716 F2d 324 United Home Rentals Inc v. Texas Real Estate Commission
716 F.2d 324
UNITED HOME RENTALS, INC., Michael A. Livingston and W.
Eugene Bushman, Plaintiffs-Appellees,
TEXAS REAL ESTATE COMMISSION and The State of Texas,
United States Court of Appeals,
Oct. 3, 1983.
Mark White, Atty. Gen., Nancy N. Lynch, George Warner, Asst. Attys. Gen., Austin, Tex., for defendants-appellants.
Rhodus, Jones & Brutsche, Steve Brutsche, Dallas, Tex., for plaintiffs-appellees.
Appeal from the United States District Court for the Northern District of Texas.
Before GEE, GARZA and TATE, Circuit Judges.
GEE, Circuit Judge:
On this appeal we are asked to perform the initial review of a decision by the Texas Real Estate Commission that its rules, promulgated pursuant to the Texas Real Estate License Act,1 require licensure of employees of a rental information service who telephone landlords to obtain rental information, or to verify the continued accuracy of rental listings, or who describe the services offered by the rental information agency to prospective subscribers. Appellees contend that this interpretation of the Act and regulations promulgated thereunder violate their rights of commercial speech guaranteed by the first amendment. For the reasons set out below, we conclude that the district court should have abstained from considering the constitutionality of the statute's interpretation by the state real estate licensing agency pending review of this administrative interpretation by the state agency or the state courts.
Appellee United Home Rentals (UHR) is a Texas corporation that owns and operates a real estate rental information service.2 UHR places advertisements in newspapers indicating that real estate of a certain description is available for rent and listing the UHR office telephone number. Potential consumers may respond to the advertisement by calling UHR and requesting information about the property. The UHR employee who answers the telephone will inform the potential consumer that he must come to the office personally and purchase a "membership" or subscription to the service before any more information will be released. Payment of the membership fee entitles the customer to examine a catalogue of rental property information maintained by UHR which contains the names and addresses of owners or landlords.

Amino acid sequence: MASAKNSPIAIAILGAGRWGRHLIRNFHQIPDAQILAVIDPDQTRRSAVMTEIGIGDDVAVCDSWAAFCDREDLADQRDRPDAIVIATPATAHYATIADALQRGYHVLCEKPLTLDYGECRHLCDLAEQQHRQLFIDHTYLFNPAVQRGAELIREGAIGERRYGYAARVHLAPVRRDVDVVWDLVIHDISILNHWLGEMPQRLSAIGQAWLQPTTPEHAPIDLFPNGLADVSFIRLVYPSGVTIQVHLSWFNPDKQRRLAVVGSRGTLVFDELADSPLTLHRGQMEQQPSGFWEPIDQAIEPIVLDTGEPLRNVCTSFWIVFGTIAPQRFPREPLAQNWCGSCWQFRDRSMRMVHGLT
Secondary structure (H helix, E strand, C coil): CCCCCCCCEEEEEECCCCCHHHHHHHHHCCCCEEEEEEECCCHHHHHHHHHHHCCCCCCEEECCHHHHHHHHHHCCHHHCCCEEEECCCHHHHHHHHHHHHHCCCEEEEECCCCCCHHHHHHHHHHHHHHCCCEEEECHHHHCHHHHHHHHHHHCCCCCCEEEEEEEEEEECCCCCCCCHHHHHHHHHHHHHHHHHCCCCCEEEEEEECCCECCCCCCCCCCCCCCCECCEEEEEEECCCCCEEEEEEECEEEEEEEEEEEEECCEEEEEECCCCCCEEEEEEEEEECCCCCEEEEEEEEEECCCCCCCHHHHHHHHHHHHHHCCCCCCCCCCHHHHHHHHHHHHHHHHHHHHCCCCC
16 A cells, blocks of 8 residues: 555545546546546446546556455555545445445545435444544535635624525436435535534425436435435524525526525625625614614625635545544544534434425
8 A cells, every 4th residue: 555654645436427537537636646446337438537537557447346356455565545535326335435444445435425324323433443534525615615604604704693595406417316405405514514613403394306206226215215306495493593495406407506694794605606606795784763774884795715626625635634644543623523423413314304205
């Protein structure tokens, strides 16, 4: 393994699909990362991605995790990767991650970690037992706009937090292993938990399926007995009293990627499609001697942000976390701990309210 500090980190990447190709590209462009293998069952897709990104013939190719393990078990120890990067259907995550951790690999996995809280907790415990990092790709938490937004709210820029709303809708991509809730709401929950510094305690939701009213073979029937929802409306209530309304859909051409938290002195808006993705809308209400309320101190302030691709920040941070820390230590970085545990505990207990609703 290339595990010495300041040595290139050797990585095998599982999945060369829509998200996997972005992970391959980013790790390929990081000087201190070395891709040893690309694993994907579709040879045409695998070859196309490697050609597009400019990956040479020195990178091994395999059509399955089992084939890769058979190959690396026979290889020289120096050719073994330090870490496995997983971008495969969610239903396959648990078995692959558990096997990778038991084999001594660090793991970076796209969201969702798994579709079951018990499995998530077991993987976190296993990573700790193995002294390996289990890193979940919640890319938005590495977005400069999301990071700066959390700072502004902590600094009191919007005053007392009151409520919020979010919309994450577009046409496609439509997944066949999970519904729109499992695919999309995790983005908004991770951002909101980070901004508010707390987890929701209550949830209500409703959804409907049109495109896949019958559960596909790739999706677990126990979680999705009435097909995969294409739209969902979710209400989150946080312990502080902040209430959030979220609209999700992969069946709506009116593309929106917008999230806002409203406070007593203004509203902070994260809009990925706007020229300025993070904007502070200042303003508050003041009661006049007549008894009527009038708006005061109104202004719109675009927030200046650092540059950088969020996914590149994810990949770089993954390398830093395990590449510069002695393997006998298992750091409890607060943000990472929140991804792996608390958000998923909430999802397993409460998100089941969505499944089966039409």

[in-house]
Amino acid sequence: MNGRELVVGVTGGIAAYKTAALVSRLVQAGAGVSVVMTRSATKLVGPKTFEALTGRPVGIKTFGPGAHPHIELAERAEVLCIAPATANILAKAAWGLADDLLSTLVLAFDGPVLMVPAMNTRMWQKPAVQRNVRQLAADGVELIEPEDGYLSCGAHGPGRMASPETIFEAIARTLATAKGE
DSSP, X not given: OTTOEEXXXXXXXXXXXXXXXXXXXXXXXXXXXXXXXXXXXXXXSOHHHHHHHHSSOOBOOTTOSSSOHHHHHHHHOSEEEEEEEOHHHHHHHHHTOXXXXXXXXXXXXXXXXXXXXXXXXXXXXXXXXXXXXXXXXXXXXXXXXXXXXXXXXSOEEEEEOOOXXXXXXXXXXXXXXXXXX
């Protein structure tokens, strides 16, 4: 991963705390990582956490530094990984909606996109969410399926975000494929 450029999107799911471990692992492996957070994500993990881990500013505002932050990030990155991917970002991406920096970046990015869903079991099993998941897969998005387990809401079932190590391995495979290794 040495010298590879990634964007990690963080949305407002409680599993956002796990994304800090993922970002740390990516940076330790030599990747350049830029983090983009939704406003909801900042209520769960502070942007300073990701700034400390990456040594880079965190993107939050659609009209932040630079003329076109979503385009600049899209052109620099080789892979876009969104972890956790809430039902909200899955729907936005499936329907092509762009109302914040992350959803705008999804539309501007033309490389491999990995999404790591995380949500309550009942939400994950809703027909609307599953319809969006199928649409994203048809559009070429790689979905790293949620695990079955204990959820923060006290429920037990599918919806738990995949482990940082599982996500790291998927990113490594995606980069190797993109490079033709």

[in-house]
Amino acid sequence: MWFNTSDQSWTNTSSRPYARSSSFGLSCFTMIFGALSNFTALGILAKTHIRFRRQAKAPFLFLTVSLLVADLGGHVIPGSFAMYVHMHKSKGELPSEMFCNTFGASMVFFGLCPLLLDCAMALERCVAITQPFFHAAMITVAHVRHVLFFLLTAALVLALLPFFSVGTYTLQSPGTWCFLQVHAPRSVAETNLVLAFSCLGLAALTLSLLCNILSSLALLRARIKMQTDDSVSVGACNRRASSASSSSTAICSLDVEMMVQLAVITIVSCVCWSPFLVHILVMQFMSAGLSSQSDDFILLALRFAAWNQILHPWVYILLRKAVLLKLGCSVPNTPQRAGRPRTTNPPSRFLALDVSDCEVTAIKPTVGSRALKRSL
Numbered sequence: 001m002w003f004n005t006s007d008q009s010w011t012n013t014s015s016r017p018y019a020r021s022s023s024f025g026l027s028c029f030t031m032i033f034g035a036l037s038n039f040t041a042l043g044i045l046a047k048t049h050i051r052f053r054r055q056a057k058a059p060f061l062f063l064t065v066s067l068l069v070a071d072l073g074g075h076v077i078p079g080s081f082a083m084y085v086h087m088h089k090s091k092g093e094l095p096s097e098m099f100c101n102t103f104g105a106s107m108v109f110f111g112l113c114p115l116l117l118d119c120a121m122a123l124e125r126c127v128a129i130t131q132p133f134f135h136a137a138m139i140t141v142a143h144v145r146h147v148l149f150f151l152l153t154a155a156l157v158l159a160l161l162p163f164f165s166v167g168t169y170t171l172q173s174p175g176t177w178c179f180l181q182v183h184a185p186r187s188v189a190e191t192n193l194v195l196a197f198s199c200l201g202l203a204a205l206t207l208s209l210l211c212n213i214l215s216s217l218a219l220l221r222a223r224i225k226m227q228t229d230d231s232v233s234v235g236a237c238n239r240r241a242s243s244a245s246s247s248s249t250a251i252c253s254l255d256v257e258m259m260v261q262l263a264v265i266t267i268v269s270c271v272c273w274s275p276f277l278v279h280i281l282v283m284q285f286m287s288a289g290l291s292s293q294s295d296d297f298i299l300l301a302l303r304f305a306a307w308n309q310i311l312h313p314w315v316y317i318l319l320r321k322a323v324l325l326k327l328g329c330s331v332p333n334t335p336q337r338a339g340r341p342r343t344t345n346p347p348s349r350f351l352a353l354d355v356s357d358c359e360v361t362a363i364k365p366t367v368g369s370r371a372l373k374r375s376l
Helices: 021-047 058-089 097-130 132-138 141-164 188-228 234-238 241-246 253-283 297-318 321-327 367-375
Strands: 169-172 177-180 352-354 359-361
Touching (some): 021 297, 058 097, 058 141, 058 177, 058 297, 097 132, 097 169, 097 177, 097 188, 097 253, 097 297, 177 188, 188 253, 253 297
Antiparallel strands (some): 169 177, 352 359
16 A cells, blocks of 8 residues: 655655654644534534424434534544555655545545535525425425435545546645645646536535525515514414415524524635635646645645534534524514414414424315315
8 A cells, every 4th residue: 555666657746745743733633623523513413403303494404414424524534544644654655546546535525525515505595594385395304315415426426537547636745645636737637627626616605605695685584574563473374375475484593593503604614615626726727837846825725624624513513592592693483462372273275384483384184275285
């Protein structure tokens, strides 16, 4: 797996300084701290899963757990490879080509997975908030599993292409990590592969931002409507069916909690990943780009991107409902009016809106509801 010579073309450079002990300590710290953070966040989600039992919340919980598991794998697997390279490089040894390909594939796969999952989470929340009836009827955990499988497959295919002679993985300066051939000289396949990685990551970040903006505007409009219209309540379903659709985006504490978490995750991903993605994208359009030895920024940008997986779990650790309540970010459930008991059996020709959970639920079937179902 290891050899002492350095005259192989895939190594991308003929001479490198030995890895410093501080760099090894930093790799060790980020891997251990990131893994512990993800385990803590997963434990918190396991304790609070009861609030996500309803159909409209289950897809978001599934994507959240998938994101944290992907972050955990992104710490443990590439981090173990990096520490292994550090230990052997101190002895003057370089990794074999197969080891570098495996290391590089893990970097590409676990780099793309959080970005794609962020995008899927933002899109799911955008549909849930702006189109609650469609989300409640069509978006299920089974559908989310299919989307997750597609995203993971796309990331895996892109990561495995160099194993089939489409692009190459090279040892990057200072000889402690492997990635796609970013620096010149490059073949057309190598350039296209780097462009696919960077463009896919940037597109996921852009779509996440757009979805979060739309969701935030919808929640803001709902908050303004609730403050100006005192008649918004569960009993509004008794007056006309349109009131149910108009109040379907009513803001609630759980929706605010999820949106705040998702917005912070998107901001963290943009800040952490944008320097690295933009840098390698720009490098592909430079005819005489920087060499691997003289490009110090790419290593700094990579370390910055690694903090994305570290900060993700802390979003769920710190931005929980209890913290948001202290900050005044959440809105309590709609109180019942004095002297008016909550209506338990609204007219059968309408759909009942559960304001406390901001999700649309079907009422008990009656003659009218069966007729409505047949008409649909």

According to the stipulated facts, UHR employees perform the following functions:
(1) Gathering rental information from landlords, classified ads, and other sources;
(2) Verifying the information on catalogued property and periodically checking its continued accuracy;
(3) Handling incoming telephone calls in response to ads or to give information regarding newly catalogued rental properties to subscribers;
(4) Explaining the information service and selling memberships to customers.
The same employee may perform one or more of these functions.
Approximately half of UHR's employees, primarily those in supervisory and counseling positions, are licensed under the Texas Real Estate License Act ("the Act"). Section 2 of the Act defines the activities requiring licensure:
(2) "Real estate broker" means a person who, for another person and for a fee, commission, or other valuable consideration, or with the intention or in the expectation or on the promise of receiving or collecting a fee, commission, or other valuable consideration from another person:
(A) sells, exchanges, purchases, rents, or leases real estate;
(B) offers to sell, exchange, purchase, rent, or lease real estate;
(C) negotiates or attempts to negotiate the listing, sale, exchange, purchase, rental, or leasing of real estate;
(D) lists or offers or attempts or agrees to list real estate for sale, rental, lease, exchange, or trade;
(E) appraises or offers or attempts or agrees to appraise real estate;
(F) auctions, or offers or attempts or agrees to auction, real estate;
(G) buys or sells or offers to buy or sell, or otherwise deals in options on real estate;
(H) aids, attempts, or offers to aid in locating or obtaining for purchase, rent, or lease any real estate;
(I) procures or assists in procuring of prospects for the purpose of effecting the sale, exchange, lease, or rental of real estate; or
(J) procures or assists in the procuring of properties for the purpose of effecting the sale, exchange, lease, or rental of real estate.
(3) "Broker" also includes a person employed by or on behalf of the owner or owners of lots or other parcels of real estate, at a salary, fee, commission, or any other valuable consideration, to sell the real estate or any part thereof, in lots or parcels or other disposition thereof. It also includes a person who engages in the business of charging an advance fee or contracting for collection of a fee in connection with a contract whereby he undertakes primarily to promote the sale of real estate either through its listing in a publication issued primarily for such purpose, or for referral of information concerning the real estate to brokers, or both.
(4) "Real estate salesman" means a person associated with a Texas licensed real estate broker for the purposes of performing acts or transactions comprehended by the definition of "real estate broker" as defined in this Act.
Tex.Rev.Civ.Stat.Ann. art. 6573a Sec. 2 (West Supp.1983) (emphasis added).
Section 6 of the Act specifies the licensing requirements:
(b) To be eligible for a license, an individual must ... satisfy the commission as to his honesty, trustworthiness, integrity, and competency. However, the competency of the individual, for the purpose of qualifying for the granting of licensure privileges, shall be judged solely on the basis of the examination referred to in Section 7 of this Act.